Well, I took it apart very carefully, keeping the front cylinder's bits in a labelled box and the same for the rear. I cleaned the bits and painted them in a very fetching Rover Teal Blue. When I went to re-assemble it, I found the crankshaft wouldn't turn and the piston rod wouldn't move. Now I don't know why that happened. I have no idea and frankly problems like that don't intrigue me...they infuriate me. They defy logic, like computers do. And if machining was needed I couldn't do it as my lathe is too small. So, being a problem of that kind it became a metaphoric case of "out the window".
I've had a chum for a few years who has grown from a Mamod toy steam fan to being a sometime dealer/restorer of model engineering. He has gathered by luck and judgement a nice collection of engines and workshop equipment. I approached him about the D10's problems and he invited me round to see if we couldn't come to some arrangement.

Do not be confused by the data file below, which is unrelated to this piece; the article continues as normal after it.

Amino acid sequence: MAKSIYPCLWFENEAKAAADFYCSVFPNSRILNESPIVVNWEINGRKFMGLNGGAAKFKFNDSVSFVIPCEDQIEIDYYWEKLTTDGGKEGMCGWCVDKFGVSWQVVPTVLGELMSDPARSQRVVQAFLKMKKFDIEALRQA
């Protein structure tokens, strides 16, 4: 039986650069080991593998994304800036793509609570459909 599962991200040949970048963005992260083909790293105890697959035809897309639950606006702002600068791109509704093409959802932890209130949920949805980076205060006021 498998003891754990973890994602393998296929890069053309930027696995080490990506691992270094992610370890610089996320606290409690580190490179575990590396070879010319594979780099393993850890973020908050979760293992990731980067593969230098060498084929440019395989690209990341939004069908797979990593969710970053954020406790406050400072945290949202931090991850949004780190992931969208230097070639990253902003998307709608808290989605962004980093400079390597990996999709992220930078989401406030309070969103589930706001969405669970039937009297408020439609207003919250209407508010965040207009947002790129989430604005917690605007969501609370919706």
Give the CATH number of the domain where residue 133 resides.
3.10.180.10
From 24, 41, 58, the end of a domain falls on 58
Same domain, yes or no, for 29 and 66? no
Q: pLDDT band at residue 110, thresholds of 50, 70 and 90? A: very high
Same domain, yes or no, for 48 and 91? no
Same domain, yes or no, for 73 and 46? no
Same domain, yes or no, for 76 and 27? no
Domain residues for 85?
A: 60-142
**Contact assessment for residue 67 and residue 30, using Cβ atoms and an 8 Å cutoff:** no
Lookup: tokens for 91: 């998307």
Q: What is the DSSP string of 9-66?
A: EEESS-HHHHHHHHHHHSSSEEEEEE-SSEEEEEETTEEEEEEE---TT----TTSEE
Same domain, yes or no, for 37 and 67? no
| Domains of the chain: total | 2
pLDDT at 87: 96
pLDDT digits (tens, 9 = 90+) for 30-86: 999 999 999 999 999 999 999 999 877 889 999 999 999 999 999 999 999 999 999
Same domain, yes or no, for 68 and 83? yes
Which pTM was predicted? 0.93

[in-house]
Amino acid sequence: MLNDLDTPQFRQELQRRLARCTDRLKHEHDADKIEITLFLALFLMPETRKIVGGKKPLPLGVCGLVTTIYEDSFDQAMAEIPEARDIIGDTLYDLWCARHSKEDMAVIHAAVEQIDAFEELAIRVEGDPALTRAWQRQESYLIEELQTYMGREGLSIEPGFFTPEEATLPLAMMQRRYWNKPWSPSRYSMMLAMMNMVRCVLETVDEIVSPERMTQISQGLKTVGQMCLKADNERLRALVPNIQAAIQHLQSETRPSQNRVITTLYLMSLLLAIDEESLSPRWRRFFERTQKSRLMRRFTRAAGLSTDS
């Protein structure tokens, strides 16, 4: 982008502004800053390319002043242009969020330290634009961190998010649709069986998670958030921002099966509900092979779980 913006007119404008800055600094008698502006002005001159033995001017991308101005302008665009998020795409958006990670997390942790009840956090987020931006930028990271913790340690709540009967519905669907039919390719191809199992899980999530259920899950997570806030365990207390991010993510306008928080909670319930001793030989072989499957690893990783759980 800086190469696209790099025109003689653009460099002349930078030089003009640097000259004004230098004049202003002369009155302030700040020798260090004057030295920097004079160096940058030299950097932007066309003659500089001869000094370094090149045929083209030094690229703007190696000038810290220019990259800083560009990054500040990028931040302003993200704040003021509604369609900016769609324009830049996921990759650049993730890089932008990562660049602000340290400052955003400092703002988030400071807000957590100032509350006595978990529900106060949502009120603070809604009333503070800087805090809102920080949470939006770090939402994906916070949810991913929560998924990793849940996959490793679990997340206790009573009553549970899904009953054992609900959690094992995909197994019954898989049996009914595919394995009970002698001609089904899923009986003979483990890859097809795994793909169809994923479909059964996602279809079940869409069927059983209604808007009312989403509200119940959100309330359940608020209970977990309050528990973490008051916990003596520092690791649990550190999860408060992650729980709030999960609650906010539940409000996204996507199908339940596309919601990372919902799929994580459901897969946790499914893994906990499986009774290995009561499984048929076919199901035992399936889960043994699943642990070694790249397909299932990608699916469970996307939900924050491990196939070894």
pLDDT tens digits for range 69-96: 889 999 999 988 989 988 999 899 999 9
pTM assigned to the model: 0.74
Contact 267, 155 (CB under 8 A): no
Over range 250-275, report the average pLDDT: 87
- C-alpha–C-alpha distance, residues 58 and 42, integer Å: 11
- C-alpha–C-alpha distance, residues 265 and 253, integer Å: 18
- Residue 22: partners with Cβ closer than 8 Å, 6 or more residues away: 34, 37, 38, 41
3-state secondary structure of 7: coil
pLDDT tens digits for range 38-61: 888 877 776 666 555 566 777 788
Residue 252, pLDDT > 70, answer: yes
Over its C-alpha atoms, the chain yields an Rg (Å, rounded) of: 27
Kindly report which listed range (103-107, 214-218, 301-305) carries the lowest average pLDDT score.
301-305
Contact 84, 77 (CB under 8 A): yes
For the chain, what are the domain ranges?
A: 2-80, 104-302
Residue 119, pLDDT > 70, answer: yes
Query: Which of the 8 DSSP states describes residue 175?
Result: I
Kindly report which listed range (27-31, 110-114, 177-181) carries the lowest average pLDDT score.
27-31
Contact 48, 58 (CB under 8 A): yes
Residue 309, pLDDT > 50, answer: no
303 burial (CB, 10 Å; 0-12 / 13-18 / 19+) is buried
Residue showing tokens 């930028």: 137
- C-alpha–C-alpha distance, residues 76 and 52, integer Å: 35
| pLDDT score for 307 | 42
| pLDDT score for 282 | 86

Well, we did! To both our satisfactions I think, which is always an excellent result.
I have no idea exactly what I have, but both engines run beautifully on a merest whisp of air.
Both are very attractive items. The vertical was in a GRP tug hull, with a decent boiler. I have little to no interest in tugs, so I think the engine and boiler (or a newer, bigger one) will be put in a suitable river launch hull. The problem is, I cannot find out what the engine is. It's built from several castings, so must have been a published design.
And no, it isn't a Reeves Trojan, despite certain similarities.
Here's the rather elegant 1882 horizontal, which can be much better displayed to show that elegance even better.
This one will run if you blow down the pipe!
I think I've done well here. Two engines (and a very good GRP 30" tug hull!) which I can put to use straight away and, when cleaned up, are worth about the same as the D10 with far less work. If I hadn't have done this deal, a D10 will have sat on a shelf gathering dust and 2 very sweet engines will have been unused and unloved.